The cornucopia of images and lush cinematography, a mix of time-lapse photography and live action, that is Frozen Planet has finally arrived on our side of the Pond.
This collaboration between the Discovery Channel and the BBC flashes back and forth between the North and South poles, treating us to visions of killer whales knocking seals off ice floes, frolicking penguins and chatty narwhals, among other wondrous phenomena.
What is missing, at least in the first episode, is people. While Antarctica did not have an indigenous population when it was discovered by Europeans, the Circumpolar Region, as the territory surrounding the North Pole is known, has been peopled by the Inuit for thousands of years. Nevertheless they do not make an appearance until the April 15 episode, the seventh and last in the series.
However, when they do, the Inuit will be shown in rare form, as Huffington Post reported in its British edition in December. "Life in the Freezer" travels from the Siberian coast and walrus hunting, to the Inuit of Northeastern Canada as they forage for mussels beneath the sea ice at low tide.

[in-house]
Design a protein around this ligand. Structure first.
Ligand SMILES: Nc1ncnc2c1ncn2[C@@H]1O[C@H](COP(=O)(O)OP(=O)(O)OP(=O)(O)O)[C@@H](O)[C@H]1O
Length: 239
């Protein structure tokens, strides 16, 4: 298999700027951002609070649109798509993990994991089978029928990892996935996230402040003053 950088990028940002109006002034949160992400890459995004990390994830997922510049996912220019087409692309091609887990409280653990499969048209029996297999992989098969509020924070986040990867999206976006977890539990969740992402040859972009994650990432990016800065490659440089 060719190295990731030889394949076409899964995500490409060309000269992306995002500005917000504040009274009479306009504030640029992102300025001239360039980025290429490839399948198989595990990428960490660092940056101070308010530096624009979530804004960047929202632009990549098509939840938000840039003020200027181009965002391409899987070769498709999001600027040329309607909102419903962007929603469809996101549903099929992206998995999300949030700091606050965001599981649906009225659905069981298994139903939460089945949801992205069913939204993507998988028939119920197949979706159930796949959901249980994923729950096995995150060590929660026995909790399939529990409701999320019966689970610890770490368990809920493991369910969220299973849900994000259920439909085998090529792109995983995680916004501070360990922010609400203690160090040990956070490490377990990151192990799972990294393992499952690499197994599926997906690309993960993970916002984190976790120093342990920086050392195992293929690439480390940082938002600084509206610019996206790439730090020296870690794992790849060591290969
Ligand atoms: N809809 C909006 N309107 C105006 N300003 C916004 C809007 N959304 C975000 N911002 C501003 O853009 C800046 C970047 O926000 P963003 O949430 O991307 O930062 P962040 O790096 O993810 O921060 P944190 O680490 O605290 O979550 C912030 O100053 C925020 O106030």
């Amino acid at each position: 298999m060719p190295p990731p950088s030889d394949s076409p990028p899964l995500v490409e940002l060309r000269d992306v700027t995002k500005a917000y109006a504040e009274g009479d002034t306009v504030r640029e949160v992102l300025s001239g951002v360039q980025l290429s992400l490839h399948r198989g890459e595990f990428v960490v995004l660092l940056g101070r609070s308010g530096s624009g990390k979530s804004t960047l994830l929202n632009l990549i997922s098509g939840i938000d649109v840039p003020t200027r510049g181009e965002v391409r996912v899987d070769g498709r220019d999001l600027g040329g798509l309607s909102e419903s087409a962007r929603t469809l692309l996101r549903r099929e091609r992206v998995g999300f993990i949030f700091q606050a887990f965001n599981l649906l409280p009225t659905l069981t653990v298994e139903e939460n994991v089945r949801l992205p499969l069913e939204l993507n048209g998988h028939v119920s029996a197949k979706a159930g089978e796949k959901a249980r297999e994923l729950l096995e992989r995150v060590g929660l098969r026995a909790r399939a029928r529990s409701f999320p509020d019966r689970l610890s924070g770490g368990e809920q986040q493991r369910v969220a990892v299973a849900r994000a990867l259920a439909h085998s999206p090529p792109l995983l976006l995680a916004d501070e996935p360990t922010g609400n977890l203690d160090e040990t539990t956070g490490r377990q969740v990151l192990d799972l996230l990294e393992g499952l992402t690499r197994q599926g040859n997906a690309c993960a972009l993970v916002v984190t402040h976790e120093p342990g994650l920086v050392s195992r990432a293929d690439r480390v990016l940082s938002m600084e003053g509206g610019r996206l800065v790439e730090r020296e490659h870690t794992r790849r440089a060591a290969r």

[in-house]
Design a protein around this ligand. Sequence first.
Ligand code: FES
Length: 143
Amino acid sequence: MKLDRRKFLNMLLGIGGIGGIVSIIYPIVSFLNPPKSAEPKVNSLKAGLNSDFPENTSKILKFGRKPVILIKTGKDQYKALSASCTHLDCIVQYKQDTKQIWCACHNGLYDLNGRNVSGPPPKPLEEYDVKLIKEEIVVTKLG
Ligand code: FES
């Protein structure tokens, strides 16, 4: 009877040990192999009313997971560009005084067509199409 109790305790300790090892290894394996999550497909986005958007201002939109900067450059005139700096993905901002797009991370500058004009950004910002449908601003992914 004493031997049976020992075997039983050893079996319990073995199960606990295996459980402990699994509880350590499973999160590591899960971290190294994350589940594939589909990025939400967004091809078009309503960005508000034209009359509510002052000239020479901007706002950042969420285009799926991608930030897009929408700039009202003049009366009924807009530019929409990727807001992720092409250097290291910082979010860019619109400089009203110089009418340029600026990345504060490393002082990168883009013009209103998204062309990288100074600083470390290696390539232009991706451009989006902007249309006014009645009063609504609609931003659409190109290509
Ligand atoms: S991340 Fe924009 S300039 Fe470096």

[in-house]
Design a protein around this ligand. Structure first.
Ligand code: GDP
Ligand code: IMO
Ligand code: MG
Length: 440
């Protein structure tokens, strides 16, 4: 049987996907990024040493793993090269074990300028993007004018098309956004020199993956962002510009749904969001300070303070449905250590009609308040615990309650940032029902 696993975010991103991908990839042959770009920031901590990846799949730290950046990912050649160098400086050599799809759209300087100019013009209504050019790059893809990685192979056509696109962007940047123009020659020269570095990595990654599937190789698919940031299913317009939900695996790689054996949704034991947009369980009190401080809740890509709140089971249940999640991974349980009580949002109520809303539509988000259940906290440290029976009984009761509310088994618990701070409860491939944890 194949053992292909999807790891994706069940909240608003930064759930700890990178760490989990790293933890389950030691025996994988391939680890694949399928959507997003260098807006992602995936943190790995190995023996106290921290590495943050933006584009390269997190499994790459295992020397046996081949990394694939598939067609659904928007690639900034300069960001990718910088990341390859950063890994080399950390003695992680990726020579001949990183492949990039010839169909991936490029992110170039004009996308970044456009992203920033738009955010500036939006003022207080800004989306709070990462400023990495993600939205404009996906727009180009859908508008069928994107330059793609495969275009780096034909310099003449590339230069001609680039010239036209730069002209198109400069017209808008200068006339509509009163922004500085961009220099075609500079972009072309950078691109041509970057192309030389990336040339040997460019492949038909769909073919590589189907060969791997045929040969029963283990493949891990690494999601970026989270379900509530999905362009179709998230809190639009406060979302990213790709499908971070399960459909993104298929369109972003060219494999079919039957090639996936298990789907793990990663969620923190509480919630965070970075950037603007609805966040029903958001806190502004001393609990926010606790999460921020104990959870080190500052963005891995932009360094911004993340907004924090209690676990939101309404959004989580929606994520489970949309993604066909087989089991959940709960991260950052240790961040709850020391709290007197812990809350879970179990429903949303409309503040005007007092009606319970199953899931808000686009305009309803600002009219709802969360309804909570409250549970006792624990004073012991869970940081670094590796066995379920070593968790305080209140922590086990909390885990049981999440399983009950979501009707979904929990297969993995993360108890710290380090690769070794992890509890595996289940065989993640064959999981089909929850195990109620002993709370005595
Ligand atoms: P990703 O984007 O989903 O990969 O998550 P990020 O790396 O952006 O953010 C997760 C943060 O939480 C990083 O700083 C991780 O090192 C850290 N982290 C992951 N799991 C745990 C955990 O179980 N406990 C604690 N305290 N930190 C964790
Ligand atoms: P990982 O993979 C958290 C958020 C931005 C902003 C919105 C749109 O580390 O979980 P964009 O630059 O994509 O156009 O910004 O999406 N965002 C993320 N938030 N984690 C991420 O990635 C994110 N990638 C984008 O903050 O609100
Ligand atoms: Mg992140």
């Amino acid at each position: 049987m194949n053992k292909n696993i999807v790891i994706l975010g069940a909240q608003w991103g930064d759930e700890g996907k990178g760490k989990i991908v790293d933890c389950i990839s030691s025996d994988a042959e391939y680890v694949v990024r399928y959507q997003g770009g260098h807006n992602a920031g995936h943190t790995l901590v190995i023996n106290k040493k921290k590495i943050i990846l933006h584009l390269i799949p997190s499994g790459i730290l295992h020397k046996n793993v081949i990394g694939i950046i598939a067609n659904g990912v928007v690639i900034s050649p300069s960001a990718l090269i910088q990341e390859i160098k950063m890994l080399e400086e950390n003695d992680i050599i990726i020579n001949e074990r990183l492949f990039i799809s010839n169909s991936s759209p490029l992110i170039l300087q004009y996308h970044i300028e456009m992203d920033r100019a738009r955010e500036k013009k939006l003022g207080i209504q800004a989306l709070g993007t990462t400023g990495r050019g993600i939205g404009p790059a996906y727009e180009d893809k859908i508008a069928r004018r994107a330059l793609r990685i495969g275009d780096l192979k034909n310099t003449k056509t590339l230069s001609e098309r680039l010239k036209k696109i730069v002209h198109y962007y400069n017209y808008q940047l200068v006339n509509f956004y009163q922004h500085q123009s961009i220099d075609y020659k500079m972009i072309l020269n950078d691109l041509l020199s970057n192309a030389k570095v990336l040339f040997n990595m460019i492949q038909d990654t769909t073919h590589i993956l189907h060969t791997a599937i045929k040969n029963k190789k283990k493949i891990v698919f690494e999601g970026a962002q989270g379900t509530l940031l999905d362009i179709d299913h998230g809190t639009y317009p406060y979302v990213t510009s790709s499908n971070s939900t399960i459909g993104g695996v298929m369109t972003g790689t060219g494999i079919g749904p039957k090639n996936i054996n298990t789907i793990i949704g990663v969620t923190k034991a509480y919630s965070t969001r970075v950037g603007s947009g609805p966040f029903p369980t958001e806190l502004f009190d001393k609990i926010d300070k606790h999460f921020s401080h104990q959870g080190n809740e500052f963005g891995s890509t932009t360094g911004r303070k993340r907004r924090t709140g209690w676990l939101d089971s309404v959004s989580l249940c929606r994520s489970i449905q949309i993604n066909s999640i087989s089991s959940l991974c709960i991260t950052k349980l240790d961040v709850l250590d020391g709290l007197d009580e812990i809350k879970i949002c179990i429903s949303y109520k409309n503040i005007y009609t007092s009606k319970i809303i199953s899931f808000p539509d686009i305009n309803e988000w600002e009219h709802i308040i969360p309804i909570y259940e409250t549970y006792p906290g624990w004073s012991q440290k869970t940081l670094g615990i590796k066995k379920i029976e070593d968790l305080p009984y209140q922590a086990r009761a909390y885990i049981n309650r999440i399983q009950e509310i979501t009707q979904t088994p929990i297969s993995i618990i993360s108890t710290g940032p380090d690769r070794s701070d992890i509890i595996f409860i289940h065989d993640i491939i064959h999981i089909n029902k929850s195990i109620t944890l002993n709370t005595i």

"On the Siberian coast, traditional Arctic residents continue to risk life and limb to hunt walruses, while the Inuits of Northeast Canada take advantage of extreme tides to access mussels beneath the sea ice," Discovery's description says.
The series premiered in the U.S. on the Discovery Channel on March 18 and will run throughout March and April. More information on the series, including air dates and times, plus a chronology of the four years that it took to make the epic, is at the Frozen Planet website.
Below are two trailers, one from the U.S. airing with the voiceover of Alec Baldwin, and the next with the dulcet British tones of Sir Richard Attenborough, who narrated the BBC version.
And here is a trailer for the one that aired in the U.K. late last year, narrated by Attenborough.